The 2019 publication of the SPRINT-MIND* study has once again raised the possibility that sufficient control of systolic blood pressure (BP) may reduce risk of developing cognitive impairment1. SPRINT MIND was a randomised open label two arm trial with one arm aiming to achieve systolic BPs of <120mmHg and the other aiming to achieve a pressure of <140mmHg. Participants had hypertension and were at increased risk of cardiovascular disease but were without prior stroke or diabetes. The trial reported a statistically significant reduction in the risk of developing mild cognitive impairment (MCI) in the lower BP arm (Hazard Ratio (HR) 0.81 (95% Confidence Intervals (CI) 0.69:0.95) and a non-statistically significant result for their primary endpoint of incident all-cause dementia (HR0.83 95%CI 0.67:1.04)1.
There are a number of angles to take into account when evaluating this finding.
SPRINT-MIND and the clinical trial context
SPRINT-MIND is the latest in a 3-decade sequence of trials achieving BP differences between randomised arms and reporting incident dementia or cognitive decline (examples include 2-5). Prior trials report largely concordant results with lower, but not statistically significantly lower rates of incident dementia or MCI in their reduced BP arms. Perhaps uniquely for a clinically and socially significant outcome such as dementia; due to the strong association between higher BP and cardiovascular events dementia trials have been constrained within cardiovascular driven BP goals and treatment guidelines. In particular, this has resulted in varied trial populations and incrementally lower BP goals over time with SPRINT MIND the lowest yet. Furthermore several (including SPRINT-MIND) were obliged to stop earlier than planned due to observed cardiovascular benefit thus restricting their ability to collect cognitive outcomes whilst also maintaining a BP difference between randomised arms and reducing their power to assess cognitive and dementia outcomes. Shorter follow up and lower goal BPs are particularly relevant for dementia and cognitive decline. Not only does dementia have a long pro-dromal phase but there is also the possibility that long-term hypertension may impair cerebral autoregulation and raise the risk of cognitive impairment with excessive BP lowering. Furthermore, hypertension may not occur in isolation. Several modifiable risk factors exist for dementia and cognitive decline and evidence shows both a dose response, such that a greater risk factor burden is associated with a greater risk,6 but also promising trial evidence from multifactorial interventions designed to simultaneously reduce risk across multiple areas7.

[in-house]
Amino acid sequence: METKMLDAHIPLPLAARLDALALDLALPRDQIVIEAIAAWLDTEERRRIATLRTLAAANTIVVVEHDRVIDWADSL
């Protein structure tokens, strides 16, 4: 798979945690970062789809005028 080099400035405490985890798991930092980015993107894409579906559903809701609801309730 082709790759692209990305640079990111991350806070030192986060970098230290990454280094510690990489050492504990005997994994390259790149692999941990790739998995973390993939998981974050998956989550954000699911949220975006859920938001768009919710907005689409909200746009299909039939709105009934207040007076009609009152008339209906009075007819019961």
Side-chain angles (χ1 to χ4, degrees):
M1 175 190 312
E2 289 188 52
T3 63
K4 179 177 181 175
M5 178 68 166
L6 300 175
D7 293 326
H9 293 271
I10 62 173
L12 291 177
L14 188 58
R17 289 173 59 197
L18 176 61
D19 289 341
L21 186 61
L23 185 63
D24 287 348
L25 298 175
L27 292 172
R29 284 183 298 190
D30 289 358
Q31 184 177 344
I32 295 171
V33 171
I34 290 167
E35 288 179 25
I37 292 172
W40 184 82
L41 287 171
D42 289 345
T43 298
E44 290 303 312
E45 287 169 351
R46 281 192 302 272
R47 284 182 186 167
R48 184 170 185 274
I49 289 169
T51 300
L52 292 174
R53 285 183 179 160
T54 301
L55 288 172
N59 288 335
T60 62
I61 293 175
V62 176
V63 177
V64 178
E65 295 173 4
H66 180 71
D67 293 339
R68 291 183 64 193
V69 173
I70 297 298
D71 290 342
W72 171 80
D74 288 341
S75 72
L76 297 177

Remaining gaps in the evidence base
Current evidence suggests that lowering BP may reduce the risk of cognitive decline and dementia. This may be complemented by a concurrent reduction across multiple dementia risk factors.
In general reducing risk factor exposure is unlikely to increase risk and, in any event, is broadly recommended for cardiovascular health.